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Co-op Case Study: Lord of the Rings

Meeples Together (which is now being funded on Kickstarter) breaks down the design of cooperative games primarily through the analysis and dissection of existing releases. These discussions form the core of the book, but specific games are also highlighted in individual case studies. Meeples Together contains 14 of these case studies, one per chapter, plus a few bonuses, but there are many othe cooperative games to study. This is one of them: a supplement to the material found in Meeples Together, in the same format as the case studies there.

Lord of the Rings is one the three foundational games for the co-op industry, alongside Arkham Horror and Pandemic. Unfortunately, it wasn’t in print when we finalized the text for Meeples Together. Thus, rather than including details on a game that players couldn’t currently buy, we instead substituted discussion of a game that was more readily available (Robinson Crusoe, as it happens). However, we wanted to make sure that Lord of the Rings was the first game we talked about outside of the book itself.

This article has been crossposted from the Meeples Together blog, which focuses exclusively on cooperative game design.


Publisher: Fantasy Flight Games (2000)
Cooperative Style: True Cooperative
Play Style: Racing, Resource Management

Overview

The players take on the role of hobbits who are trying to deliver the One Ring to Mount Doom. To do so they must advance through four scenarios boards. Along the way, they need to collect sufficient life markers to avoid being corrupted, and they must resolve other threats.

On a player’s turn, he either collects cards (resources) or advances the group’s shared tokens along four to five race tracks. One of the tracks marks the group’s progress toward completing the current scenario board, while the other tracks give players life markers or resources or else complete subsidiary goals.

Challenge System

The challenge system in Lord of the Rings is triggered through the revelation of Event tiles; a player flips up one or more of them at the start of his turn. These tiles can have a variety of bad consequences such as corrupting the hobbits, stealing resources, or advancing Sauron. The tiles can also cause the scenario board’s next event to occur, which tends to be bad as well.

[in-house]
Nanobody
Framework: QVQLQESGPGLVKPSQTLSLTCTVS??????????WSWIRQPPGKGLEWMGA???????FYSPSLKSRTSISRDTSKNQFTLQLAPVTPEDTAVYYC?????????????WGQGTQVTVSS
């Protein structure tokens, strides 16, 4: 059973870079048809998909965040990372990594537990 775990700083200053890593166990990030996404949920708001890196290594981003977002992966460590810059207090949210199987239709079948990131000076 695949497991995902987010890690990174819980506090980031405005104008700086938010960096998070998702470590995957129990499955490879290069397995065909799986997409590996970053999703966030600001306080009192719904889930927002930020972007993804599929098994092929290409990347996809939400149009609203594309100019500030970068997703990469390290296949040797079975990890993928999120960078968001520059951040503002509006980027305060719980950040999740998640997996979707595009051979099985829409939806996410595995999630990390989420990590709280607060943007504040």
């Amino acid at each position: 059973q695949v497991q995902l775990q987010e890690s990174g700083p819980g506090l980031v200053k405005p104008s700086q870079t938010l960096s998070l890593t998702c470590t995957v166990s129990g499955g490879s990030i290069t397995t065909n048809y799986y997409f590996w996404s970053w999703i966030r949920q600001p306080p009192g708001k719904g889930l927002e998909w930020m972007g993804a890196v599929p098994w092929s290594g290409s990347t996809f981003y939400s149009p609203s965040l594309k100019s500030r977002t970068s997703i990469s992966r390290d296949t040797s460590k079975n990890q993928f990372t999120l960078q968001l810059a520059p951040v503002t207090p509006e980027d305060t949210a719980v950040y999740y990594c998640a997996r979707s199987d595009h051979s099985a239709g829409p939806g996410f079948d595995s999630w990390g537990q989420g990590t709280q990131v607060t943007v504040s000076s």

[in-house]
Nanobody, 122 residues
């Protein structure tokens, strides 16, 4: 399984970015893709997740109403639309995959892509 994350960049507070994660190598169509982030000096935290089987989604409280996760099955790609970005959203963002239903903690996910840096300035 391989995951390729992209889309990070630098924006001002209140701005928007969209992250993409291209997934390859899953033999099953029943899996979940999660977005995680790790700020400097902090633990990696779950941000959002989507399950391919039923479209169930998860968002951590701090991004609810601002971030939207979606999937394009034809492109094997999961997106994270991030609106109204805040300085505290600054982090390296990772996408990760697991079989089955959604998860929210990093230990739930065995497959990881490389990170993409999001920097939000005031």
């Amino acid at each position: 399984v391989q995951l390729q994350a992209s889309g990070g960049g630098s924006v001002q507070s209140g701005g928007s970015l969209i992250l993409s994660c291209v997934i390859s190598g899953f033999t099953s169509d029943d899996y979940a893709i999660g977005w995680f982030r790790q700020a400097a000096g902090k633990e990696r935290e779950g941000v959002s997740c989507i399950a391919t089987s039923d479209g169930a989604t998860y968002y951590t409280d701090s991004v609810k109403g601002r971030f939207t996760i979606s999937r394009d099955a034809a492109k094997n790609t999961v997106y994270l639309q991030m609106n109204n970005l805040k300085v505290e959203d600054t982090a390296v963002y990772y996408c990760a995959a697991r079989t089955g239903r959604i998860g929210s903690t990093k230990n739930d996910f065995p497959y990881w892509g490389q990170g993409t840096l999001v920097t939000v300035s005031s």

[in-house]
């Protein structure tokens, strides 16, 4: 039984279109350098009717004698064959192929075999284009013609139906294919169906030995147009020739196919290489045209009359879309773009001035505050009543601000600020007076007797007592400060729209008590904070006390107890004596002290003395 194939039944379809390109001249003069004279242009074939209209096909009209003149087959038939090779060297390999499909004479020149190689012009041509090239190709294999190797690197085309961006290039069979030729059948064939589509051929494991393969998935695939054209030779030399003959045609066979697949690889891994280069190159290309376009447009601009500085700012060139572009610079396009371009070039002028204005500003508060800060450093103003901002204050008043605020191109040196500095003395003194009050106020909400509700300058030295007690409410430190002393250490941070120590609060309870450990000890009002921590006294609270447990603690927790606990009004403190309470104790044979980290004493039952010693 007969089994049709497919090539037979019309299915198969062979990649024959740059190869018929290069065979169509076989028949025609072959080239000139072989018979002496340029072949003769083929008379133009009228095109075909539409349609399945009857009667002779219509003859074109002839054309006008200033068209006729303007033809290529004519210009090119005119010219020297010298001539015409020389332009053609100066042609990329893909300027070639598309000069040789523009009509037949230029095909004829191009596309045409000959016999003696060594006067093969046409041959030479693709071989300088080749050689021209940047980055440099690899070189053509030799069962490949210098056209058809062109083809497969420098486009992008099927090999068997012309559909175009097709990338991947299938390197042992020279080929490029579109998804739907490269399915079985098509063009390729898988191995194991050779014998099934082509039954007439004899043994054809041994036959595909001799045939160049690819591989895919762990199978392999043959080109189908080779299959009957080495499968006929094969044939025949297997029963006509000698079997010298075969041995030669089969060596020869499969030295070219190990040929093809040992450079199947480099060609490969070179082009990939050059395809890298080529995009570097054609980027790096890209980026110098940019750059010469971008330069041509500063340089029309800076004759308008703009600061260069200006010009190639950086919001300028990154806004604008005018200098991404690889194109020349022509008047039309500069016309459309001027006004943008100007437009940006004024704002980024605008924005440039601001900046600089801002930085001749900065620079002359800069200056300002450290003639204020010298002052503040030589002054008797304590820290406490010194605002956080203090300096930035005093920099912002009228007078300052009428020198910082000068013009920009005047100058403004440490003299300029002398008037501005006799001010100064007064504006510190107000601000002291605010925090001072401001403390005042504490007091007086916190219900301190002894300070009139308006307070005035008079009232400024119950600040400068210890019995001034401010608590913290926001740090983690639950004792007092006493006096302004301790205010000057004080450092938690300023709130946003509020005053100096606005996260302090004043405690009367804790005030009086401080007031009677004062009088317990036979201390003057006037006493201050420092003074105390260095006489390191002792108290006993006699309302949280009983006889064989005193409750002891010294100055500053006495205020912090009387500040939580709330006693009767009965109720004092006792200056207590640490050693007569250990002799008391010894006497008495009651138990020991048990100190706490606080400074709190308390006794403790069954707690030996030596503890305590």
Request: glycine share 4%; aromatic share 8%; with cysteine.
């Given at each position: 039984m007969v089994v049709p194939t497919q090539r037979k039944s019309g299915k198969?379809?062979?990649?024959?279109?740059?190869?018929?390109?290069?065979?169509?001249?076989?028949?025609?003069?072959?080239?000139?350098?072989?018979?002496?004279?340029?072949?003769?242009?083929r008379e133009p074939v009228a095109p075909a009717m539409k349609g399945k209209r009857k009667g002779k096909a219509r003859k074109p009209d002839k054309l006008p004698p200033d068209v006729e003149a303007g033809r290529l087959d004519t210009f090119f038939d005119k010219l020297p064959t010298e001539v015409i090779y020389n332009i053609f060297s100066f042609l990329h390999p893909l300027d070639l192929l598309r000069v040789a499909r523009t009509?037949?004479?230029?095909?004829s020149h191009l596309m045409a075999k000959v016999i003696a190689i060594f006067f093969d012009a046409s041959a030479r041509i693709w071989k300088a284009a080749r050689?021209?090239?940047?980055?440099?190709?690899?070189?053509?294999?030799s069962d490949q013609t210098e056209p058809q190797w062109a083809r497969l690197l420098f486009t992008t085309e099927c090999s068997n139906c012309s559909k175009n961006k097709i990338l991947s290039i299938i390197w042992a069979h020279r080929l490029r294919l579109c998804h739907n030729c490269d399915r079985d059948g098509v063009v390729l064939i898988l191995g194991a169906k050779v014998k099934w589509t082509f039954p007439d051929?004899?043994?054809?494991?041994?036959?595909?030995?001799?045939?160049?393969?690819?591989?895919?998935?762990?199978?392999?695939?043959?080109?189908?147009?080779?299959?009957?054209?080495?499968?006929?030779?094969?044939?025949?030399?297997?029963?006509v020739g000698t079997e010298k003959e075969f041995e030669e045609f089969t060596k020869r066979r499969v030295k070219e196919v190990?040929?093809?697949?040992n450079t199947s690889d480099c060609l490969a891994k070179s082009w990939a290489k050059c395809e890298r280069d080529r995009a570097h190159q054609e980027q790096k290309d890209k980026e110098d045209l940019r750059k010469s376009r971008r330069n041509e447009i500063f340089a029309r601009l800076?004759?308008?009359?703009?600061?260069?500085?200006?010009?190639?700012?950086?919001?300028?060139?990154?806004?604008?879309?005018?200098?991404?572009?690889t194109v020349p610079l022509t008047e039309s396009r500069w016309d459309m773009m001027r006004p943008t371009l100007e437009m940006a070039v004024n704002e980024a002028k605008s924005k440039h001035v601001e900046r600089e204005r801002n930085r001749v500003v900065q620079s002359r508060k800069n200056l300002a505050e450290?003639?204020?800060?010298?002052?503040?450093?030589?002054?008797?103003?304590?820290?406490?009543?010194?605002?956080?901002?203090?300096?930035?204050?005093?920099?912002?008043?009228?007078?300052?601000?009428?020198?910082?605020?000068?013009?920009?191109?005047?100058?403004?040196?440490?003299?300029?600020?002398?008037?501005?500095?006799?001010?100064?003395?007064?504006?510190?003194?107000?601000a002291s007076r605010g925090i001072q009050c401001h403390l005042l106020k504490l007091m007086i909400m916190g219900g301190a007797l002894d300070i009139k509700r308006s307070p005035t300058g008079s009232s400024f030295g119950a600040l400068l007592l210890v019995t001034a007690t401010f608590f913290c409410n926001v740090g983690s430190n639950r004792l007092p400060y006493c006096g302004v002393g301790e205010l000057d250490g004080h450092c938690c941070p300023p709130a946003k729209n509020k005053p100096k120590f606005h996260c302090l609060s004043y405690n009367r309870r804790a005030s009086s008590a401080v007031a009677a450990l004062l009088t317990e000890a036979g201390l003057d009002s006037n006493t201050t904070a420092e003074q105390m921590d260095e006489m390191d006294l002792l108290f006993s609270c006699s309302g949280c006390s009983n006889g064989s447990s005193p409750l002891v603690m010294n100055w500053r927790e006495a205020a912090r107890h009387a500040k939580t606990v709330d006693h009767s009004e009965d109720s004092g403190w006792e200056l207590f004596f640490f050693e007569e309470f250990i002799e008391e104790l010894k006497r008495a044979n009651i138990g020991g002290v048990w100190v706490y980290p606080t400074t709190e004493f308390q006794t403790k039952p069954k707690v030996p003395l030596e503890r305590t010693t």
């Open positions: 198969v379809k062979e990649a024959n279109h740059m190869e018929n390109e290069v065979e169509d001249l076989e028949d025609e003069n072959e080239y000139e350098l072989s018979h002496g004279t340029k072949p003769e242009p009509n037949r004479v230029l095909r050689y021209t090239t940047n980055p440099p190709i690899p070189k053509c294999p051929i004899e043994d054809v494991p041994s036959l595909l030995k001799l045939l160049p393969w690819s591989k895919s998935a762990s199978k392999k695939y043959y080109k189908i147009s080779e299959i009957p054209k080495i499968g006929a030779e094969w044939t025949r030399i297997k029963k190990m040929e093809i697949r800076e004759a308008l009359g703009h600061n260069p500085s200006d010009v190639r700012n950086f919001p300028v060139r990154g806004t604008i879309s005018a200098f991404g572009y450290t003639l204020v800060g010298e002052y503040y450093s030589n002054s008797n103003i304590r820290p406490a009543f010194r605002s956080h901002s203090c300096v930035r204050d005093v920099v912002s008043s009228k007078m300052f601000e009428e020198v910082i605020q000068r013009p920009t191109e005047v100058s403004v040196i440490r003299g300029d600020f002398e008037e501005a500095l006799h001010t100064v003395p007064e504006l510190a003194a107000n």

The hobbits’ corruption and the events’ status are both measured on individual tracks, each of which is an additional gear in the challenge machinery:

The corruption track is a linear path, with the hobbits advancing from the left and Sauron from the right. As the hobbits become corrupt they move toward Sauron, who in turn may be moving toward them. This is the most obvious threat in the game, as hobbits are eliminated when they reach Sauron.

The corruption track tends to work well for a number of reasons. First, it’s an obvious and central focus of the game. It’s always sitting in the middle of the table, with large plastic figures calling attention to it, and so players never forget about the impending threat. Second, there are several optional ways to gain corruption — including the Ring Bearer using the One Ring, players choosing to move to “die roll” spaces, and players opting not to collect life markers. Thus, corruption becomes a resource that players must manage.

The corruption track’s largest failing is that it’s entirely binary: hobbits are either eliminated or not. Thus, any growing sense of doom is psychological; there are no decaying game effects that advance the feeling of a darkening world.

The event track is somewhat subtler than the corruption track. Each space on the event track tends to require something from the players. They might have to turn in certain resources, or they might need to have reached certain spaces on the board. If the players meet the requirements something good (sometimes) happens, and if they don’t then something bad (usually) happens.

The best element of the event track’s design is that it sends players running in a lot of different directions, as they try to simultaneously meet the criteria laid out by upcoming events while not sabotaging their own efforts to advance along the game’s central race track. This causes information overload in the game, as players try to remember too many things — which is ultimately to the benefit of a challenge system.

Overall, the complex and interrelated challenge machinery of Lord of the Rings works because players must simultaneously consider a number of different goals (avoiding corruption, preparing for events, and moving on the race track), some of which might be in conflict with each other — and they must do so without having enough resources for everything. The random draw of the event tiles makes it that much harder to plan precisely, as players never know which of these game elements may be the most important in the near future.